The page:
A lack of food prolongs conflict in South Sudan

A group of women sing and dance as they walk home atop a dyke they constructed to control flooding in South Sudan's Jonglei State. Photo: Paul Jeffrey / ACT
A group of women sing and dance as they walk home atop a dyke they constructed to control flooding in South Sudan's Jonglei State. Photo: Paul Jeffrey / ACT

In South Sudan, the price of food claims people’s lives as well as guns. Hunger staggers society, with people only focused on where to get their next meal.

When you throw a seed in the ground, it grows into a giant mango tree.

This is a saying from South Sudanese Equatoria, the breadbasket of the country. The soil is so fertile that crops grown in the region have fed millions of South Sudanese people. Practically all of South Sudan is a perfect seedbed for produce such as rice, corn, millet, sugar cane, and fruits.

However, war has driven three quarters of the region’s population out of their homes, and vast cultivated areas stand abandoned, says Marie Makweri, who worked in South Sudan for three years as Finn Church Aid’s (FCA) peace coordinator.

The dramatic consequences are seen in the availability and prices of food products. People are lucky to have even one meal a day. Anyone knows that hunger makes a person ill-tempered. Hunger makes the prolonged conflict even worse.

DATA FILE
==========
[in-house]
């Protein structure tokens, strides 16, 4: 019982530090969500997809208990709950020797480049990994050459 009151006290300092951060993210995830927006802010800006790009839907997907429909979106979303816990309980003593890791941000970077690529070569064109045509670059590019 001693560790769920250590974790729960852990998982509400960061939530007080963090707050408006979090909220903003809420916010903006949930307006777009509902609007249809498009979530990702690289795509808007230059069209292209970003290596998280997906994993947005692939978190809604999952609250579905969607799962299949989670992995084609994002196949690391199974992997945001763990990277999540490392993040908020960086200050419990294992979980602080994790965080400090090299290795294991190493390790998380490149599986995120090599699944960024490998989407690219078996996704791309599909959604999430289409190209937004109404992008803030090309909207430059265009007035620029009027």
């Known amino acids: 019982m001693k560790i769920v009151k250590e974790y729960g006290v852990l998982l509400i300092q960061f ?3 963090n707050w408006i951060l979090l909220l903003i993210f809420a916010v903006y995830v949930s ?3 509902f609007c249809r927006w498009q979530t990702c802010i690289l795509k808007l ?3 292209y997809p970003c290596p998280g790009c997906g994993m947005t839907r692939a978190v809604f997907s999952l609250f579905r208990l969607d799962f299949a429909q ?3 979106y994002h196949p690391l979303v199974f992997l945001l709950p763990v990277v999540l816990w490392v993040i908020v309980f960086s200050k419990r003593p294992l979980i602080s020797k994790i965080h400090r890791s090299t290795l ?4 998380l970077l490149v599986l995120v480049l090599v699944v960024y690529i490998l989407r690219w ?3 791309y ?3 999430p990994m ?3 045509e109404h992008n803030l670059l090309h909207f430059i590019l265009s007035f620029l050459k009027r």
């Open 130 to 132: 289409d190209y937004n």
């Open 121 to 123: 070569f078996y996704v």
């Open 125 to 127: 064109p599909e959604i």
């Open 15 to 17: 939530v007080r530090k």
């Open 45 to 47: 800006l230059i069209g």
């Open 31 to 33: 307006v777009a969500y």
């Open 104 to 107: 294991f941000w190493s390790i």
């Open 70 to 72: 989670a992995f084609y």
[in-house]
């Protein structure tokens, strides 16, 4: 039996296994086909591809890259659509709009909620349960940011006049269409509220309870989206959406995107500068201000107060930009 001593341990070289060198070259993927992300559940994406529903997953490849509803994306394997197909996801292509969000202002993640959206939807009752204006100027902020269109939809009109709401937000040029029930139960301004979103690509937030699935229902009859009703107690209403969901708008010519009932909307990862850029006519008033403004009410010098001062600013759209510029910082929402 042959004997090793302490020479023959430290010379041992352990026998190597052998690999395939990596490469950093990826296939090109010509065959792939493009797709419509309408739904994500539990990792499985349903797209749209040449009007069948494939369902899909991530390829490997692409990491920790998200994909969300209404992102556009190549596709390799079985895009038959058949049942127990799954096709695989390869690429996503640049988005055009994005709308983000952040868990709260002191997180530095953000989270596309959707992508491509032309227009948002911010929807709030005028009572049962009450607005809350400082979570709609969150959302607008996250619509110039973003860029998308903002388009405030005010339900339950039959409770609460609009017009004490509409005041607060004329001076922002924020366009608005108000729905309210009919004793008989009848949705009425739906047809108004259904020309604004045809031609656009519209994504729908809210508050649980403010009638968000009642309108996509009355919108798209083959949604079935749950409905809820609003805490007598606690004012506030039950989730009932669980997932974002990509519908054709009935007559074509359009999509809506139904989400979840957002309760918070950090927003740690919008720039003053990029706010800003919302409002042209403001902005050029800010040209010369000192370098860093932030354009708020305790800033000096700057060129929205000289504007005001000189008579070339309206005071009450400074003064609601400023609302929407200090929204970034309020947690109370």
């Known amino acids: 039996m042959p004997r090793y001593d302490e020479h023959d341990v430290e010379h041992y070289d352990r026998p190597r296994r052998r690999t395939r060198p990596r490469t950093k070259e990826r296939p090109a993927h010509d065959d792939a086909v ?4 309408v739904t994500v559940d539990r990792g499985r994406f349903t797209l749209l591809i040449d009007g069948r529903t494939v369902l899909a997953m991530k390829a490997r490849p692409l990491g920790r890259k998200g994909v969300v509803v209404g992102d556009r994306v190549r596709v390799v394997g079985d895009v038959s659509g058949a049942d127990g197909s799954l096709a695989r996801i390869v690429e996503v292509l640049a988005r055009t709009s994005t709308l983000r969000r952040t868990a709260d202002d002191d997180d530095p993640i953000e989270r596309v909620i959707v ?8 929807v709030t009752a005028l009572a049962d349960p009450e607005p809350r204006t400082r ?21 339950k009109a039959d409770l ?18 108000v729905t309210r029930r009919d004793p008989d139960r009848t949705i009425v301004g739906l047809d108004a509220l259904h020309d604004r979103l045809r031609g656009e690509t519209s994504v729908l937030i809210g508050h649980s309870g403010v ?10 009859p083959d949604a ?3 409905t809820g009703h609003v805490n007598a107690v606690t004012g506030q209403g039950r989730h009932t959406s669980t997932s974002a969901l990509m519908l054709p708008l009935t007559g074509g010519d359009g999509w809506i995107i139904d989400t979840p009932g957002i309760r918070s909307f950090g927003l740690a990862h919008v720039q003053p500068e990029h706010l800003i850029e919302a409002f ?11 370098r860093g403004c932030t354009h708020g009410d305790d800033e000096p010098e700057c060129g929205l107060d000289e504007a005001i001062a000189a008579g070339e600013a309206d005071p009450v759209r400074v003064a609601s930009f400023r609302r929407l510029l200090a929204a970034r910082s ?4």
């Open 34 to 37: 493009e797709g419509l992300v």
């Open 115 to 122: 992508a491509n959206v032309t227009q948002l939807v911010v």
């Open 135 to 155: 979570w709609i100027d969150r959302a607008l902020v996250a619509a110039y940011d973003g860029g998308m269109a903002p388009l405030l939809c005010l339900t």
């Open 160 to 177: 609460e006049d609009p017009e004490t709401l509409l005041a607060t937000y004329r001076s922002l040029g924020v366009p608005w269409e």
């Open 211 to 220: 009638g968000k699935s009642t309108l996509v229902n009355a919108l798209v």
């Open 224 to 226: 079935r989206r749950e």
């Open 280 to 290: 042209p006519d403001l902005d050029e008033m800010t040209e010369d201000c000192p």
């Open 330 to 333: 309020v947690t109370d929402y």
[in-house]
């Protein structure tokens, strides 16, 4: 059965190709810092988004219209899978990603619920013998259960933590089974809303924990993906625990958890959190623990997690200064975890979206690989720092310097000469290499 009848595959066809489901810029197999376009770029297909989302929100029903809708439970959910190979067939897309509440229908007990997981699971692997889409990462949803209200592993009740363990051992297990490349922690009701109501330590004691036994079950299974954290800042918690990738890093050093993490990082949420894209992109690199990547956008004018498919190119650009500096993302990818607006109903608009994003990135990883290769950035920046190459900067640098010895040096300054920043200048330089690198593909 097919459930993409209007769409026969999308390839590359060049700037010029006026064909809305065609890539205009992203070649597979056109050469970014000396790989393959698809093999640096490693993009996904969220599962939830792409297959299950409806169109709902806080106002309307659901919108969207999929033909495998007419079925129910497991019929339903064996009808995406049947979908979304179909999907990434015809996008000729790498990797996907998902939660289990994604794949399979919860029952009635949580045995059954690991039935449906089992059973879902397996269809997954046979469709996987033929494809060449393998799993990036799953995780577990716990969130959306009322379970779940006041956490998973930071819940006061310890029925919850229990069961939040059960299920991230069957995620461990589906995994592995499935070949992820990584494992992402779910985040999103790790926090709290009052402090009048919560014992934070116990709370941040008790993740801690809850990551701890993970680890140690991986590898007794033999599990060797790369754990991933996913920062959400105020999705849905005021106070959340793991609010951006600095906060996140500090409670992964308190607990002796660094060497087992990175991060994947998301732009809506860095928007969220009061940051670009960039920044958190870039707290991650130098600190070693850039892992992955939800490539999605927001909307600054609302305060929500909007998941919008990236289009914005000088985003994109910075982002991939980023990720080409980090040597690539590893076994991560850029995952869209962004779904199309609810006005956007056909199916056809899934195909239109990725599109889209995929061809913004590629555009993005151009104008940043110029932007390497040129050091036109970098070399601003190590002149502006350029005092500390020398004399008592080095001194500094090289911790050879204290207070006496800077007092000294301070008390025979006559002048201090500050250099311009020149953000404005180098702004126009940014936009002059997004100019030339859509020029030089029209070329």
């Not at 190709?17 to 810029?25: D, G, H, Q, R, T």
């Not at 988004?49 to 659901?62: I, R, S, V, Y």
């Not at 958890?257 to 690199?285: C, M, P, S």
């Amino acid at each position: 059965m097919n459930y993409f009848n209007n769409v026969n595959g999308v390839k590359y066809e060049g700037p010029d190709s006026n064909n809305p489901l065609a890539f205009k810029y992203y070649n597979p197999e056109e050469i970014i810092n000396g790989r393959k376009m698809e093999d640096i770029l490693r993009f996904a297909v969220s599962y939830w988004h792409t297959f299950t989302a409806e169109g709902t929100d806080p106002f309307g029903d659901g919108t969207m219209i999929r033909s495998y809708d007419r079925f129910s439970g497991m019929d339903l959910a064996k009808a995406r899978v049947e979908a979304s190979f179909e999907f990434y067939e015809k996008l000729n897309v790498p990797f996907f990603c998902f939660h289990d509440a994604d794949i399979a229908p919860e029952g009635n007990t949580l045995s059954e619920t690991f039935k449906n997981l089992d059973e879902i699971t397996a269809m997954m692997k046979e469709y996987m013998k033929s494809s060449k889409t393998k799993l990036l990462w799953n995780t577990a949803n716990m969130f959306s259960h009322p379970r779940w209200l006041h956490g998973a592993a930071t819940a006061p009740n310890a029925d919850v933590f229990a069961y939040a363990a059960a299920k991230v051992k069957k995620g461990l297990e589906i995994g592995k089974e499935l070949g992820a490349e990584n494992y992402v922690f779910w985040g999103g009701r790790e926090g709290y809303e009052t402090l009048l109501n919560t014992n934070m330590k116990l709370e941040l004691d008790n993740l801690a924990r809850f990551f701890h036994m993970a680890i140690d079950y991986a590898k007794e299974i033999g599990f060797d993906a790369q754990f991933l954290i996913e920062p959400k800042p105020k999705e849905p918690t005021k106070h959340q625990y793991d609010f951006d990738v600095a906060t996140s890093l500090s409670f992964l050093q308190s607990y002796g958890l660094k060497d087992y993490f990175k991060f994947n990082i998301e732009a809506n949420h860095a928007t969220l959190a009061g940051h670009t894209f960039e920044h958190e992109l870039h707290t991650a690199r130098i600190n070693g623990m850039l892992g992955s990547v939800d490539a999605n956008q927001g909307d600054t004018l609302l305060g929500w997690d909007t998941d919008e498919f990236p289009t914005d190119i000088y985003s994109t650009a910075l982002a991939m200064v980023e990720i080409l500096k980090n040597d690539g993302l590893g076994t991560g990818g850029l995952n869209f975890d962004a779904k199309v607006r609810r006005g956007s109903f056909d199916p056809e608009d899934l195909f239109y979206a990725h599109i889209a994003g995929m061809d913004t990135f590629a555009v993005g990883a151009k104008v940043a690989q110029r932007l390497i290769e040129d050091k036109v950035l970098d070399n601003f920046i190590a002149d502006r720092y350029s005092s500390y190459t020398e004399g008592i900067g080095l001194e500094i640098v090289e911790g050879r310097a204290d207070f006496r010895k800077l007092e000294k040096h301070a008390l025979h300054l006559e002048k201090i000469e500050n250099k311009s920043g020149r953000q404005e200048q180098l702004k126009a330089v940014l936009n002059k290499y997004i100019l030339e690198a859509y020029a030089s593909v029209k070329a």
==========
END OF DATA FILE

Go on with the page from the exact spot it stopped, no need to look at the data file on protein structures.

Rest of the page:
”People in South Sudan say that there are more weapons than food, which is a dangerous combination. A person with no food to feed oneself or one’s family thinks of all the ways in the world to get food,” says Makweri.

5 million people still on the brink of famine

In February 2017, UN declared a famine in Unity State, located in the middle of South Sudan. About 100,000 people were in danger of starving to death. The declaration was followed by an extensive humanitarian operation, during which food ration packages were dropped in the region from World Food Program (WFP) helicopters. FCA contributed to the food aid from its disaster fund.

In June, the famine was officially over, but the daily life of the South Sudanese people did not improve in any significant way. For famine to be declared, the situation has to meet clearly defined criteria. First, a fifth of households must suffer from an extreme lack of food, and a third of the population must be acutely malnourished. In addition, people die at a certain rate – the definition of famine calls for two victims per day for every 10,000 inhabitants.

Famine is equivalent to the highest category on a UN scale of 1 to 5 measuring food security. The current situation does not meet the criteria. On the other hand, 1.5 million people live in a state of emergency (stage 4) and 3.6 million in acute food shortage (stage 3). In other words, there are 5 million South Sudanese people on the brink of famine.

”When you’re there observing the situation, it makes no real difference if people are at stage 4 or 5. The food situation remains extremely difficult”, says Makweri.

Food prices increased tenfold

FCA supports peace and food security